Elected Republican magistrate is pleasantly surprised
Among the lineup of entrenched Kanawha County magistrates elected to new terms on Tuesday were two newcomers.
One, the only Republican to snare a seat, actually led the ticket.
Mike Sisson himself was surprised by that.
"Some of those other magistrates have been there a long time and done a really good job," he said.
A former St. Albans police officer and security guard for Union Carbide, Sisson currently works as a process deputy for the Kanawha County Sheriff's Department. He is responsible for serving papers such as subpoenas and court summonses.
Sisson's 29,113 votes exceeded those of longtime magistrate Jack Pauley, the next person on the list of 10 winners, by more than 500 votes.
Pauley and the other eight candidates to win seats all are Democrats. That party has a substantial registration edge over the GOP in Kanawha County. There are nearly 70,000 registered Democrats and 38,000 Republicans.
Sisson, 54, said he had been contemplating a run for magistrate for about two decades and finally jumped in this year.
"I thought it was time to give it a shot," the Charleston resident said.
But he didn't describe his campaign as a Herculean effort.
He collected about $7,000 in donations and "spent every dime."
He said he put up a few yard signs and had a few friends place car magnets on their vehicles.
"But I tried to only put out yard signs in people's yards that really supported me," he said.
He had one billboard, and it was in the community of Jefferson along MacCorkle Avenue. He also spent some money on radio and newspaper ads in the last couple of weeks of the campaign.
"Apparently, it was effective," he said.
He also tried to attend every meet-the-candidate function in the county. Candidates often complain that attendance at such events is lackluster and they end up addressing each other.
Sisson believes being a lifelong Kanawha County resident with ties to his community through organizations such as church helped him receive so many votes.
Although he hasn't seen a breakdown of the votes by precinct, he believes he did well in the St. Albans area.
He also believes the absence of Carol Fouty, a longtime Republican magistrate in Kanawha County who agreed not to run amid allegations of misconduct, helped him win his seat.
"Historically, incumbents are hard to beat, and I think it would have been a lot harder for me to win if she (Fouty) was on the ballot," Sisson said.
Fouty led the ticket in 2008, and she, too, was the only Republican elected.
The other newcomer elected this week was Democrat Brent Hall, a paralegal with Bradford Law Offices in Charleston.
Both he and Sisson will be serving in elective office for the first time.
Hall, 32, has been a paralegal since he graduated from Mountain State University in 2002 with a degree in legal studies.
Both men believe their backgrounds will serve them well when they assume their new positions on Jan. 1.
"I'm passionate about the law, and I think I'll do a great job with my legal background," Hall said.
Sisson received a Regents Bachelor of Arts degree from West Virginia State after completing criminal justice coursework.
"For the most part, my background is criminal justice," Sisson said.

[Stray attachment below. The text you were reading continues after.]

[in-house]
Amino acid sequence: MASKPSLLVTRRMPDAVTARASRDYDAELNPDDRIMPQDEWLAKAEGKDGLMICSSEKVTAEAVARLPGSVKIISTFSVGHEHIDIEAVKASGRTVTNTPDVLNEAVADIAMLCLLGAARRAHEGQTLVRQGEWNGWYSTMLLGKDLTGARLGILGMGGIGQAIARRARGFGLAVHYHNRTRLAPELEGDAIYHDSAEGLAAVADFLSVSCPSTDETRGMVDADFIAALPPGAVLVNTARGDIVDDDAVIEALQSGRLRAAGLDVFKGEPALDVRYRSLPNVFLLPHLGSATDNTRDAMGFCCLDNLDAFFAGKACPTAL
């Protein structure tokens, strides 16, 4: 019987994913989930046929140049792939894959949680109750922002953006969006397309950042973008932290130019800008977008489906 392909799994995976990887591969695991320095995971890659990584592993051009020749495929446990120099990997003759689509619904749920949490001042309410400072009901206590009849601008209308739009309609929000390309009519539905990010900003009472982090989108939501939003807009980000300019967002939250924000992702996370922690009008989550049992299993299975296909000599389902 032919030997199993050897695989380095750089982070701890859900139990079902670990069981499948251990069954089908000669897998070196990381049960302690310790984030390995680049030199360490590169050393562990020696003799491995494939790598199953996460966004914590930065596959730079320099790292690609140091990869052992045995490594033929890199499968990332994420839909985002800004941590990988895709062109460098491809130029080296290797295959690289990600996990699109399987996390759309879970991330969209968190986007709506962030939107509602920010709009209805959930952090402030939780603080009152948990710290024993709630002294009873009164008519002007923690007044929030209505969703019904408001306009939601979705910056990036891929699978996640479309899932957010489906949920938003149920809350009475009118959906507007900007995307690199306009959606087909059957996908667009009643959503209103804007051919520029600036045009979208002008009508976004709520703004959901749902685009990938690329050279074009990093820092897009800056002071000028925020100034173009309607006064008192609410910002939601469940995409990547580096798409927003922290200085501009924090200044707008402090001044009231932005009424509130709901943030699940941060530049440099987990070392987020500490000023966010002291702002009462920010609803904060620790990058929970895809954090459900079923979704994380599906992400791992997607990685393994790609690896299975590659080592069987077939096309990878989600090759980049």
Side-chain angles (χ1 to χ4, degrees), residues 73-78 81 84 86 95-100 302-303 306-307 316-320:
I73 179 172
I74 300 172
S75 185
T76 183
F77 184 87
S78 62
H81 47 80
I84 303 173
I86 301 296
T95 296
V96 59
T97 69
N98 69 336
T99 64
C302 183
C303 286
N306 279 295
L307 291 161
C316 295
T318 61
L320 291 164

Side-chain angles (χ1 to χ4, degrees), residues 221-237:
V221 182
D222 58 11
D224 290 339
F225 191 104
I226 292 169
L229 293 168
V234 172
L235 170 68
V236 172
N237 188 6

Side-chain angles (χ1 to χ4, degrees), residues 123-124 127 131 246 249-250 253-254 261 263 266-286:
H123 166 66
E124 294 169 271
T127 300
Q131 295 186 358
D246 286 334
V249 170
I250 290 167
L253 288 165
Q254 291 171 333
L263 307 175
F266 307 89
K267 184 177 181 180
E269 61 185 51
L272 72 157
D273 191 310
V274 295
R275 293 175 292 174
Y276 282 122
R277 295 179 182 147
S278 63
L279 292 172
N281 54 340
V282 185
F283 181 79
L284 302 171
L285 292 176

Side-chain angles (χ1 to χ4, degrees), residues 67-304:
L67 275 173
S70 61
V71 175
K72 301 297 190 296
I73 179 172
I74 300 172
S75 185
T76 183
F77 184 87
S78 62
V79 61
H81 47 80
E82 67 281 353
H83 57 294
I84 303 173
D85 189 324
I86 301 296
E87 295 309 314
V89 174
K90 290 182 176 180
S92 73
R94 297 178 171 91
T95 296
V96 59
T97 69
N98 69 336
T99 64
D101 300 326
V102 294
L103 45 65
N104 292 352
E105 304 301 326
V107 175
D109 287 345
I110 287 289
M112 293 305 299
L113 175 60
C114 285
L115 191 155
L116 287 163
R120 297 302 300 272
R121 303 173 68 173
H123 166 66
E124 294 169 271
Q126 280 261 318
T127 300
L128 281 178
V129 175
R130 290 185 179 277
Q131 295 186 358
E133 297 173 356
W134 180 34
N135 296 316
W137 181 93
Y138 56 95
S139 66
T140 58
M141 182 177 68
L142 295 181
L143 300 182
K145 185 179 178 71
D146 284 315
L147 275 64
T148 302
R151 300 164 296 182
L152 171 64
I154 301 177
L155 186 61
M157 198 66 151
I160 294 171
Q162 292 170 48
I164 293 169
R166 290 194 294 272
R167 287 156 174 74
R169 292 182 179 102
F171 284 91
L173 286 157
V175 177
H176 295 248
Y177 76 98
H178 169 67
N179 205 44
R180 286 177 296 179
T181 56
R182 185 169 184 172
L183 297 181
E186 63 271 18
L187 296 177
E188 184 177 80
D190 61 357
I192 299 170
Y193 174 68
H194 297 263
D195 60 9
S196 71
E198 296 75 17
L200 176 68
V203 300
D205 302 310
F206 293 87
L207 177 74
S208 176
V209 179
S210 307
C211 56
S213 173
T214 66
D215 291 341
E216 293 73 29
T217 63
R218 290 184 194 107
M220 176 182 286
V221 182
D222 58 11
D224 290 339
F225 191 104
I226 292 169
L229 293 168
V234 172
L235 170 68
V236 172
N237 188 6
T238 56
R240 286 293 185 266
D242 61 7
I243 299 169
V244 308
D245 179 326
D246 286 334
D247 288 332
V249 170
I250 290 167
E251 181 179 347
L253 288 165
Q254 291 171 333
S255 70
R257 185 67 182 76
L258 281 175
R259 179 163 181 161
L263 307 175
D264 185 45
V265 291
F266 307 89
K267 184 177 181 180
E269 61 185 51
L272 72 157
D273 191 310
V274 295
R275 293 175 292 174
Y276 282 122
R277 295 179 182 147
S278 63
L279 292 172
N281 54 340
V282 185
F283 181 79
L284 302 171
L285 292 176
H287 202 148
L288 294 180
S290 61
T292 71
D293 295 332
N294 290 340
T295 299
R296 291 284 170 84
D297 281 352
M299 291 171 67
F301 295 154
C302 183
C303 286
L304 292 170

He originally attended classes at Marshall University but left school when he took a job as a patrolman with the St. Albans Police Department in 1980.
He ranked first in his class during a 13-week course for law enforcement officers at the West Virginia State Police Academy.
Hall, who came in ninth with 25,513 votes, believes tireless campaigning helped him win the seat.
"I did everything from robocalls to mailers," he said.
Hall and his fiancee, who are planning a wedding next spring at the state Capitol, knocked on doors across the county.
"I think people just really respond to hard work," he said.
Sisson said he became interested in law enforcement at an early age because he has been a lifelong friend of Sheriff-elect John Rutherford. Rutherford's brother, Mike, is the current Kanawha County sheriff.
Sisson was so close to the Rutherford family that he often went on vacation with them as a child, he said.
"Mike became a St. Albans police officer, and I thought that was really cool," Sisson said.
When John was hired as a sheriff's deputy, Sisson decided it was time to get a job in law enforcement. The St. Albans department hired him, and he stayed in that position for eight years.
Hall always has been interested in the legal system, but it was his brother's run for Beckley City Council that inspired him to seek public office himself.
Hall said he was not looking at changing anything when he took office.
Sisson would like to reduce the number of continuances and delays that occur in the magistrate's office.
"I've noticed that when I serve subpoenas, it seems like I'm serving the same people over and over again," he said. "The cases get postponed or continued."
That becomes frustrating for the police officers as well as those involved in the cases.
"And the longer you have a case on the docket, the harder it is to bring it to a satisfactory end," Sisson said.
Although he understands that some cases have to be continued or postponed, he still would like to reduce that number.
Sisson has been married for 21 years. He has three grown boys, ages 32, 30 and 29. He also has three granddaughters and a grandson. His family strongly supported his decision to run for office.
Sisson is active in his church, Redeemer Lutheran, along Corridor G. He recently traveled to Rochester, N.Y., to play an extra in a religious-based film called "King's Faith."
Hall enjoys sports and the outdoors and is active in Generation Charleston and the East End Community Association.
Both are eager to start their new positions.
"I'm glad the election is over and I'm looking forward to getting to work," Sisson said.